In The News

CMS Posts FY23 Hospice Wage Index Final Rule


Earlier this week, the Centers for Medicare & Medicaid Services (CMS) posted for public inspection the Fiscal Year 2023 (FY23) Hospice Wage Index and Payment Rate Update and Hospice Quality Reporting Requirements Final Rule. The final rule includes a payment increase of 3.8% for FY23 and the final hospice cap amount of $32,486.92. The CMS Fact Sheet describes additional details of the rule. Final Wage Index values were also posted. NHPCO will have the FY23 Final State/County Rate Charts ready in the coming days.

Summary at a Glance

In the 4:15 p.m. posting of the Federal Register for July 27,2022 the Fiscal Year 2023 (FY23) Hospice Wage Index and Quality Reporting final rule was posted to the public inspection part of the Federal Register.

Rate Information and Cap

Final Rate increase: 3.8% which is a 1.1% increase from the proposed 2.7%.

Cap amount: The final hospice cap amount for the FY23 cap year is $32,486.92, which is equal to the FY22 cap amount ($31,297.61) updated by the proposed FY23 hospice payment update percentage of 3.8 %. This is an increase from the $32,142.65 in the proposed rule.

Quality Reporting Information

Update on the Hospice Outcomes and Patient Evaluation (HOPE) tool: CMS provided an update on the beta testing, burden estimates and timepoints for collection, along with additional outreach efforts.

Future quality measures: CMS also discusses potential future quality measures within the HQRP based on HOPE and administrative data, including HOPE-based process measures and hybrid quality measures.

Testing for CAHPS Hospice Survey: CMS provided an update on a survey-mode experiment whose goal was to test the effect of adding a web-based mode to the CAHPS Hospice Survey. 

Request for Information on Health Equity in Hospice

CMS expressed appreciation for the many public comments on improving health equity in hospice and on a future structural measure under consideration for HQRP.

The CMS Fact Sheet on the final rule describes additional details of the rule. Final Wage Index values were also posted. NHPCO will have the FY23 Final State/County Rate Charts ready in the coming days.

NHPCO has begun the review of the final rule and will release a detailed analysis of the final rule and its components. Look for a Regulatory Alert in the coming days.

Any questions can be directed to [email protected] with “FY23 Final Rule” in the subject line.


PMHC HCBS Funding Alert

From Partnership for Medicaid Home-Based Care (PMHC)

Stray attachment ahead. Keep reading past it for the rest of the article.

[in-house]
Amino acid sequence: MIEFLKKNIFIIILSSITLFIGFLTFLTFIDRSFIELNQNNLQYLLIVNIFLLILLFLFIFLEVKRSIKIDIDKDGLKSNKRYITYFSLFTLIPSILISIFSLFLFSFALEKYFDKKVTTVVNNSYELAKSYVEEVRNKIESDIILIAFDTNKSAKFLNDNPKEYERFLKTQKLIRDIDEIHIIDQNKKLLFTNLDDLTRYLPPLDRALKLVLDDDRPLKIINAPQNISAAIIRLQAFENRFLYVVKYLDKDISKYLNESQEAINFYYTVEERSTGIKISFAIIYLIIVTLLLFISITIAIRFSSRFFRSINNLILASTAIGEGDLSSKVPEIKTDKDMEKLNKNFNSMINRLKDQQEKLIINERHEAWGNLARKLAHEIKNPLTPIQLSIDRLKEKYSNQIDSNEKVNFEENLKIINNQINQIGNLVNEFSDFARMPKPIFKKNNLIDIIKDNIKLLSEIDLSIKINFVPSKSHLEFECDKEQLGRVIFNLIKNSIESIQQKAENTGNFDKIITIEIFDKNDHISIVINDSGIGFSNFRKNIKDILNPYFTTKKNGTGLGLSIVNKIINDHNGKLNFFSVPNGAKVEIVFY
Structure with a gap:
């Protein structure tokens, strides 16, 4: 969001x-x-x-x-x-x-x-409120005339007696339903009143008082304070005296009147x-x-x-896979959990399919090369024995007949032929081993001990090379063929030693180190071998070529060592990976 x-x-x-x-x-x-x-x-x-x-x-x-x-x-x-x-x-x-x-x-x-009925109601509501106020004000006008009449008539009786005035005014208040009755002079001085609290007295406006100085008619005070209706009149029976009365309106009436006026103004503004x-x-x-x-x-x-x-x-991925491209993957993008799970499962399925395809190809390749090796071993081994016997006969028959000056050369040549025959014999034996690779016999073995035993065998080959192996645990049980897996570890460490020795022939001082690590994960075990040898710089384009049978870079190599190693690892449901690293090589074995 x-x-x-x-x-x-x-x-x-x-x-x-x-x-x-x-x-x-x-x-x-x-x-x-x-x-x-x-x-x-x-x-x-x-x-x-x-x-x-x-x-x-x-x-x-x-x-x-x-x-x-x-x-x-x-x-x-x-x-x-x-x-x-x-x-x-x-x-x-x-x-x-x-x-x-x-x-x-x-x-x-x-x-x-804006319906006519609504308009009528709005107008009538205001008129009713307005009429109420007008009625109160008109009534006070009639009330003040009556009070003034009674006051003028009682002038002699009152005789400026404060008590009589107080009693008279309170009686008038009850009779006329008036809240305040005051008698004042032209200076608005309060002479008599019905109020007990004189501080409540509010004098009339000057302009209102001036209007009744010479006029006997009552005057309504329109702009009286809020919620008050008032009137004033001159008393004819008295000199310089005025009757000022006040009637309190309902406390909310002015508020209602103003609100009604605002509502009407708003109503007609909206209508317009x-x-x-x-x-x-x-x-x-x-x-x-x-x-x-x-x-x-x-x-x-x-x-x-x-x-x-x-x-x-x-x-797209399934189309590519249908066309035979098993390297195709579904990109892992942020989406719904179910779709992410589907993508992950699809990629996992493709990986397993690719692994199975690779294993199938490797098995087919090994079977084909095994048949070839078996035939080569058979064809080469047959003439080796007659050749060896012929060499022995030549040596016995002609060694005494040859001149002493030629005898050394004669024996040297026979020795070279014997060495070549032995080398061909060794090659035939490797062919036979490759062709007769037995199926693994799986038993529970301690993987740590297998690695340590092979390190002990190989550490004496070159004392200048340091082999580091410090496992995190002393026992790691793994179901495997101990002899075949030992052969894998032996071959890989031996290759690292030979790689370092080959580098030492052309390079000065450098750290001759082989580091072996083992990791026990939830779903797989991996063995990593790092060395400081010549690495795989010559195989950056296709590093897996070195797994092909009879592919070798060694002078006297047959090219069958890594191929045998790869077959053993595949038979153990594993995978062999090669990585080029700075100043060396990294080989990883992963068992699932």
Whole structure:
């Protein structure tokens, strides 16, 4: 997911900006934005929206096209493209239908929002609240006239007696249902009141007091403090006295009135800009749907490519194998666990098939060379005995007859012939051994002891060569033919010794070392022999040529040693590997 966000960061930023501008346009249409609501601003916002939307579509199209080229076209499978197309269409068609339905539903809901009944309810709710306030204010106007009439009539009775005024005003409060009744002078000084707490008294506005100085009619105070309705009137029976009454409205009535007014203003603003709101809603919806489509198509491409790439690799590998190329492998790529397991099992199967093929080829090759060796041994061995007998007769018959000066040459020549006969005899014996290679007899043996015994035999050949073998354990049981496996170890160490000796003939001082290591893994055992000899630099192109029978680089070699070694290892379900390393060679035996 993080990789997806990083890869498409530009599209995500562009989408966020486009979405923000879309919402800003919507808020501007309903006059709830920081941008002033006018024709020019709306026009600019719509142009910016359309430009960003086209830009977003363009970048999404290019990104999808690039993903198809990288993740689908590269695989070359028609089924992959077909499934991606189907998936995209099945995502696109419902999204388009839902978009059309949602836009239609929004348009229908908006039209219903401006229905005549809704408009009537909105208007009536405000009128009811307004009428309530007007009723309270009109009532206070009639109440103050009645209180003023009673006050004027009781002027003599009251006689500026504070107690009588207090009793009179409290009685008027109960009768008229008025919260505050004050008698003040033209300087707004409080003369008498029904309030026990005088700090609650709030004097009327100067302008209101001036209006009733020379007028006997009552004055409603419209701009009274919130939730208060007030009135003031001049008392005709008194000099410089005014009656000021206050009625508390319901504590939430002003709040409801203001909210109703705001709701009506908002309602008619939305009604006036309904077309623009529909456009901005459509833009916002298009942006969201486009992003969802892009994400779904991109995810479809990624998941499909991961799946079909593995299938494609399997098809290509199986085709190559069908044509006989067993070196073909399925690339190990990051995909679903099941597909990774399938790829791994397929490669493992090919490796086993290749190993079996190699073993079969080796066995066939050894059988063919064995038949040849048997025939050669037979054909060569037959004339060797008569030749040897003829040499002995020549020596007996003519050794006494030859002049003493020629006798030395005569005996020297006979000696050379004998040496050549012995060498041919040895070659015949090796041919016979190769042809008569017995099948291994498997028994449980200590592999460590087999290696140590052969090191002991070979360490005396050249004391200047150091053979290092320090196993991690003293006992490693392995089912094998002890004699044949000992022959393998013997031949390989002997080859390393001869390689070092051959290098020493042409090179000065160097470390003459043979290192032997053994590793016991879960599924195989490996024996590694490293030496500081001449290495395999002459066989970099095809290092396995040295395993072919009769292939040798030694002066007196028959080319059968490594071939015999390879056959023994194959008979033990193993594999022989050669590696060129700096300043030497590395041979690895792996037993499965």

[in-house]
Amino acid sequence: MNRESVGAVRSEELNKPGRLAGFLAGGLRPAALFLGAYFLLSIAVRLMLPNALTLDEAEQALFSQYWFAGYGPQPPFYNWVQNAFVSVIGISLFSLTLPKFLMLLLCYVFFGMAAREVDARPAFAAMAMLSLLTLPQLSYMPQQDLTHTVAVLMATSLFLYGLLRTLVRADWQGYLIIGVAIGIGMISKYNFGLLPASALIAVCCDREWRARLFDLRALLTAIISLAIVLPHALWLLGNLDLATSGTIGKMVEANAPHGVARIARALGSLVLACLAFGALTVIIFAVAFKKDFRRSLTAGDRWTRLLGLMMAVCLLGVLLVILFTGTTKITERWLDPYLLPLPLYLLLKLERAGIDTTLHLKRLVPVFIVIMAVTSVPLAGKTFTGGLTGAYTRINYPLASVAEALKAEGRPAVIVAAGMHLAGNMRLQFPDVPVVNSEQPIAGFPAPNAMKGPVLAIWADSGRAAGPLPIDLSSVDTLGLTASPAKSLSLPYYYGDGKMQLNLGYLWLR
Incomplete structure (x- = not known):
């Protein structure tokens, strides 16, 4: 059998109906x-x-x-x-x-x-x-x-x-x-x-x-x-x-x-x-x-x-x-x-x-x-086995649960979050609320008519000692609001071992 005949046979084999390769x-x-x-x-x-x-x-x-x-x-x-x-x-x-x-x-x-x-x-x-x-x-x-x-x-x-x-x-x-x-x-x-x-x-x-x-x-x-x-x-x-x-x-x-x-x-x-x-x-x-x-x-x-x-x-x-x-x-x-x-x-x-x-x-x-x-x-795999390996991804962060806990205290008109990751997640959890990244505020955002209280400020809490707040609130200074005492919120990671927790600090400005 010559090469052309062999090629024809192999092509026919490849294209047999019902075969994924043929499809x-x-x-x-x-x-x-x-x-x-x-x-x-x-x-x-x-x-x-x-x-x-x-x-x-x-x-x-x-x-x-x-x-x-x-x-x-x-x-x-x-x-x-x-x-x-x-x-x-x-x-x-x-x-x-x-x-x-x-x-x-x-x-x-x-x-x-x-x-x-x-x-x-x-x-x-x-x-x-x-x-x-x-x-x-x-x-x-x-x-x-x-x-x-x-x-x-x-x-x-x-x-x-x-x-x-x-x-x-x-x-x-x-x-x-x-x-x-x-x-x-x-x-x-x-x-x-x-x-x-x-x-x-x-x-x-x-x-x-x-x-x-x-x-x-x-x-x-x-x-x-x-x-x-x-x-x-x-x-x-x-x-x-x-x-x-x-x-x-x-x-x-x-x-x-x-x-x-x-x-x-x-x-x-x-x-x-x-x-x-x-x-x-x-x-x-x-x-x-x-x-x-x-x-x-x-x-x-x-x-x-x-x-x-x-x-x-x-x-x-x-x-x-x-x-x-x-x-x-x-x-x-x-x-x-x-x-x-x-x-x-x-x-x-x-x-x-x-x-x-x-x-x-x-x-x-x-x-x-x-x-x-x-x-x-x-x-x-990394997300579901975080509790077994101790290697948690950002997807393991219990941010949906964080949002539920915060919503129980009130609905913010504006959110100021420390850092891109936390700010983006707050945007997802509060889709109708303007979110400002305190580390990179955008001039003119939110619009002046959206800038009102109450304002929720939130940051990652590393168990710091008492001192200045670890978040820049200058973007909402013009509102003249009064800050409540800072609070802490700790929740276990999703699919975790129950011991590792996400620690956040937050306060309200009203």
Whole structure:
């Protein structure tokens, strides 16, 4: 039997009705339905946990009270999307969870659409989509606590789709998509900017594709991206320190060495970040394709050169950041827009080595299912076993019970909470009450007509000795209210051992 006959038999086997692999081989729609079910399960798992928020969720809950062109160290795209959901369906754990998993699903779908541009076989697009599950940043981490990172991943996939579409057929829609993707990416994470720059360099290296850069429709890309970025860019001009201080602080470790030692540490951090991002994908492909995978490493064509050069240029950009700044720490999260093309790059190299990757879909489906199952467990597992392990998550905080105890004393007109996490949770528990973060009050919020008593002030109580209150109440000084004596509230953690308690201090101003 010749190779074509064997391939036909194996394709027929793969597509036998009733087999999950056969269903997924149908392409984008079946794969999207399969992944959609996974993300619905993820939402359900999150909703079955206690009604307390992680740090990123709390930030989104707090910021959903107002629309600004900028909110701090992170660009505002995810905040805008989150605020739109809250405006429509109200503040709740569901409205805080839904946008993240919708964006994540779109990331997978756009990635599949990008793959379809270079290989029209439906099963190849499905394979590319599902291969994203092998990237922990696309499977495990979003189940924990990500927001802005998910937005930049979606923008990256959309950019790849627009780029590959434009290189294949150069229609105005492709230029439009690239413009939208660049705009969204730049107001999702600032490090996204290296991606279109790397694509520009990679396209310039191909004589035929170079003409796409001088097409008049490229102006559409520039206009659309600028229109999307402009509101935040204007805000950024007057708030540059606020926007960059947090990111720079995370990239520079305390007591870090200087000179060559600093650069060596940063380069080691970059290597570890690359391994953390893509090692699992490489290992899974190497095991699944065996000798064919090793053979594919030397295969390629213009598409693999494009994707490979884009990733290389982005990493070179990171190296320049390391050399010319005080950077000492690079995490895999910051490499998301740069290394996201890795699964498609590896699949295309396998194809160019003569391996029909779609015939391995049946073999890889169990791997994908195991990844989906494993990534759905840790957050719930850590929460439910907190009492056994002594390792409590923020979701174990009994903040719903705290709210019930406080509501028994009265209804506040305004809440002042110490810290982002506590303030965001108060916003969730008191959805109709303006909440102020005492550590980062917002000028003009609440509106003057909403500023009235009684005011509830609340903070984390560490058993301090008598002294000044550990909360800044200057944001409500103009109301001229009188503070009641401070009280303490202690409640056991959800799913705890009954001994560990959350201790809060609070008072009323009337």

Senate Majority Leader Chuck Schumer (D-NY) and Sen. Joe Manchin (D-WV) announced an agreement on a reconciliation package that includes tax and energy provisions in addition to drug pricing reforms and additional ACA subsidies.  As currently written, The legislation – the Inflation Reduction Act of 2022 – does not include funding for Medicaid HCBS. This is a narrowly crafted compromise approach and other things were also dropped.

Senate Democrats who have championed permanent Medicaid HCBS funding indicated to PMHC as recently as this week that the parameters of a reconciliation bill would be determined by Leader Schumer and Sen. Manchin.  It is unlikely that the Inflation Reduction Act of 2022 will be modified to include HCBS funding.  However, PMHC weighed in with Leader Schumer’s policy director in support of including Medicaid HCBS investments in the reconciliation bill.  We encourage PMHC members to use the VoterVoice grassroots campaign to urge Members of Congress to support these critical investments. 

The legislative text and summaries of the Inflation Reduction Act are available here.  The bill is expected to be considered by the Senate next week.  

[HHAC is a member of PMHC through the Council of States]


House Votes to Extend Hospice Telehealth Flexibilities Through 2024


The Coronavirus Aid, Relief and Economic Security (CARES) Act (Public Law 116-136) expanded the ability for hospice providers to use telehealth with patients, including the face-to-face visit required for recertification of hospice eligibility, for the duration of the COVID-19 Public Health Emergency (PHE). The Consolidated Appropriations Act, 2022 (Public Law 117-103) extended this flexibility for an additional 151 days after the end of the PHE.

Last night, the House of Representatives passed the Advancing Telehealth Beyond COVID-19 Act of 2021 (H.R. 4040) which further extends these telehealth flexibilities through December 31, 2024. The legislation passed by a vote of 416 – 12 and advances to the Senate.

The NHPCO and HAN teams are closely monitoring the progress of this bill and remain engaged with key Members of Congress and partner organizations on telehealth issues.


CMS Announces Unprecedented Quality Measure Set for Home- and Community-Based Services

Home Health Care News | By Andrew Donlan

The Centers for Medicare & Medicaid Services (CMS) released its first ever home- and community-based services (HCBS) quality measures Thursday.